Two friends form a detective agency—and must solve their first murder case—in this start to a middle grade mystery series at a 1930s boarding school.
Daisy Wells and Hazel Wong are best friends at Deepdean School for Girls, and they both have a penchant for solving mysteries. In fact, outspoken Daisy is a self-described Sherlock Holmes, and she appoints wallflower Hazel as her own personal Watson when they form their own (secret!) detective agency. The only problem? They have nothing to investigate.
But that changes once Hazel discovers the body of their science teacher, Miss Bell—and the body subsequently disappears. She and Daisy are certain a murder must have taken place, and they can think of more than one person with a motive.
Determined to get to the bottom of the crime—and to prove that it happened—before the killer strikes again, Hazel and Daisy must hunt for evidence, spy on their suspects, and use all the cunning, scheming, and intuition they can muster. But will they succeed? And can their friendship stand the test?
"Murder Is Bad Manners lured me in with a charming British voice, and then, just as I started to get cozy, snap! I was trapped in a serious mystery problem. Robin Stevens develops her girl detectives with a light, deft touch and delivers denouement with a flourish."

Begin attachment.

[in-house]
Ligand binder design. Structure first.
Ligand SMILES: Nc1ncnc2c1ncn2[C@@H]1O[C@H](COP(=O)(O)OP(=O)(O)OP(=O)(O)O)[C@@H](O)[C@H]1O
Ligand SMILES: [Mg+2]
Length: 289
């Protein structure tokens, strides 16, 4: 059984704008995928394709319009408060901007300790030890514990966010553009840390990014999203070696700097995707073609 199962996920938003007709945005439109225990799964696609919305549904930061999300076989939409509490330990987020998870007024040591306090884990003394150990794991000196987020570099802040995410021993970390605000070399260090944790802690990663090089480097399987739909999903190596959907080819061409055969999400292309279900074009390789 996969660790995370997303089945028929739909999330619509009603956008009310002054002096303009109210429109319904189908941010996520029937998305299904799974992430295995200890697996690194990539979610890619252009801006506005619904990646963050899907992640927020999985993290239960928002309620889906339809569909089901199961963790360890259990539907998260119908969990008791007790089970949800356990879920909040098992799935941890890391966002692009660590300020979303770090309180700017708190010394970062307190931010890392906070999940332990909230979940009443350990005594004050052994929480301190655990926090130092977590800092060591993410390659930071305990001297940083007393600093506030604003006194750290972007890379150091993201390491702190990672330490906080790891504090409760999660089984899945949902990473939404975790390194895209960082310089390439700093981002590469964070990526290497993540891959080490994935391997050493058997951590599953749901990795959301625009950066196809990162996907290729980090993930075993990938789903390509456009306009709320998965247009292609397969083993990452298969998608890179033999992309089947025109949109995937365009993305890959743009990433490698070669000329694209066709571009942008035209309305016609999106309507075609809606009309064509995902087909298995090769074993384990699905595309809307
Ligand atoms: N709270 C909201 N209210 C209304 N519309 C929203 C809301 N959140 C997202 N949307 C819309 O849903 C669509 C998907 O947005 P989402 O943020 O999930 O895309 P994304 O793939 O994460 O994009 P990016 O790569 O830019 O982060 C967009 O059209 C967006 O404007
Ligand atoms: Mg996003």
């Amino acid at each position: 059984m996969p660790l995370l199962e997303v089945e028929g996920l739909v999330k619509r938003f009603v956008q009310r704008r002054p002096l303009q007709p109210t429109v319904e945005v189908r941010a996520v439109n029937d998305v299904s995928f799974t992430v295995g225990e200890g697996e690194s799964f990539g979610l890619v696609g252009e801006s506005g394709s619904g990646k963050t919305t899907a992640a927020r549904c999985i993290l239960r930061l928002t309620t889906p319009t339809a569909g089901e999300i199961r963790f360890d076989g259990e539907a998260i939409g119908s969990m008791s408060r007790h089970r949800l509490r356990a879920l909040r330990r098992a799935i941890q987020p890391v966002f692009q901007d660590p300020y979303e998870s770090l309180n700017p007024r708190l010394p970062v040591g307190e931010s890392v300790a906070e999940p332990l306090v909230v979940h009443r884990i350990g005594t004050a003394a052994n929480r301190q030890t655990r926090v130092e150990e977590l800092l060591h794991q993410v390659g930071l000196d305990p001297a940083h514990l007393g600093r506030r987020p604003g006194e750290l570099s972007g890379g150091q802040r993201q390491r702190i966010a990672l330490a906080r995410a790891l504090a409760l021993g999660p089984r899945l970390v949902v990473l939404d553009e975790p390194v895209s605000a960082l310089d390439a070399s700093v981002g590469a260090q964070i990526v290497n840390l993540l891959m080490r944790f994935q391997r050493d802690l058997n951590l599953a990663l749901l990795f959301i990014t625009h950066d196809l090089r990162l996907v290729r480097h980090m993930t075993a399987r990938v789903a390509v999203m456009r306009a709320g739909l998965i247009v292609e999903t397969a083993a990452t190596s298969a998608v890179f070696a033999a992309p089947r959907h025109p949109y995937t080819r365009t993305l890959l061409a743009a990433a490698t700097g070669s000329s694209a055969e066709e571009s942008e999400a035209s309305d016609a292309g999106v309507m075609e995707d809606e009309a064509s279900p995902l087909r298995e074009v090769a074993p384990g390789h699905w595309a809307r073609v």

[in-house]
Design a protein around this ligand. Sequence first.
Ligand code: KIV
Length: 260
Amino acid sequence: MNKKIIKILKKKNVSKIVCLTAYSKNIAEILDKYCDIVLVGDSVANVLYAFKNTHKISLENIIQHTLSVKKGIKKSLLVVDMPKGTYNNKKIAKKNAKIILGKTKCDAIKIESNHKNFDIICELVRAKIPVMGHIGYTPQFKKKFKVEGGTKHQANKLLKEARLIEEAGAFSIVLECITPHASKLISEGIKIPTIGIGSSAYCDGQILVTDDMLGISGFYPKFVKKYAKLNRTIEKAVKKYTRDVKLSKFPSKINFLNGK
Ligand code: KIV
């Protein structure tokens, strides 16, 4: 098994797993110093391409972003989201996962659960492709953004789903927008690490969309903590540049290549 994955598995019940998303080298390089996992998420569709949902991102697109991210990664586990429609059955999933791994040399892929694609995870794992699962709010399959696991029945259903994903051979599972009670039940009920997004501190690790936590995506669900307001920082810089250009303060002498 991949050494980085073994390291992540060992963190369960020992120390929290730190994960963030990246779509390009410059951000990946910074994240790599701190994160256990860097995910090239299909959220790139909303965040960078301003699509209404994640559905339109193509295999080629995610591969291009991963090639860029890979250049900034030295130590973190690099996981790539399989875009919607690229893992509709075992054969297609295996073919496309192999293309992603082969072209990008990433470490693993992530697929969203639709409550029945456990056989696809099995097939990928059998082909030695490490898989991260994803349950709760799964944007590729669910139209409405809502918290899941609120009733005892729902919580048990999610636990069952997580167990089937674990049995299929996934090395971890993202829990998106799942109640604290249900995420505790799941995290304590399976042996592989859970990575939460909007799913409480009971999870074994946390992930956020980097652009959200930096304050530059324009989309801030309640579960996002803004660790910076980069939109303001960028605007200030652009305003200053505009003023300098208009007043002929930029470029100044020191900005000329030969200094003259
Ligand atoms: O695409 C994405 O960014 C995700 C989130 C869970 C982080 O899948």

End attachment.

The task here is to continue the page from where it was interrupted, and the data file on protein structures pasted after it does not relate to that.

"A skillful blend of golden era crime novel and boarding school romp, with a winning central relationship between plump, anxious Hazel, a new girl who has arrived from Hong Kong, and the super-confident blonde English rose, Daisy Wells. The novel works well both as an affectionate satire and an effective mystery story. . . . Top class."
"Friendship, boarding school, and a murder worthy of Agatha Christie."
"Reading Murder Is Bad Manners is like drinking cocoa by a fireside: It is warm and witty and deeply satisfying."
"Really cleverly done and unexpected for what I thought would be a straightforward whodunit caper."
"Satisfyingly unpredictable. I did not guess the whodunit. Ripping good fun."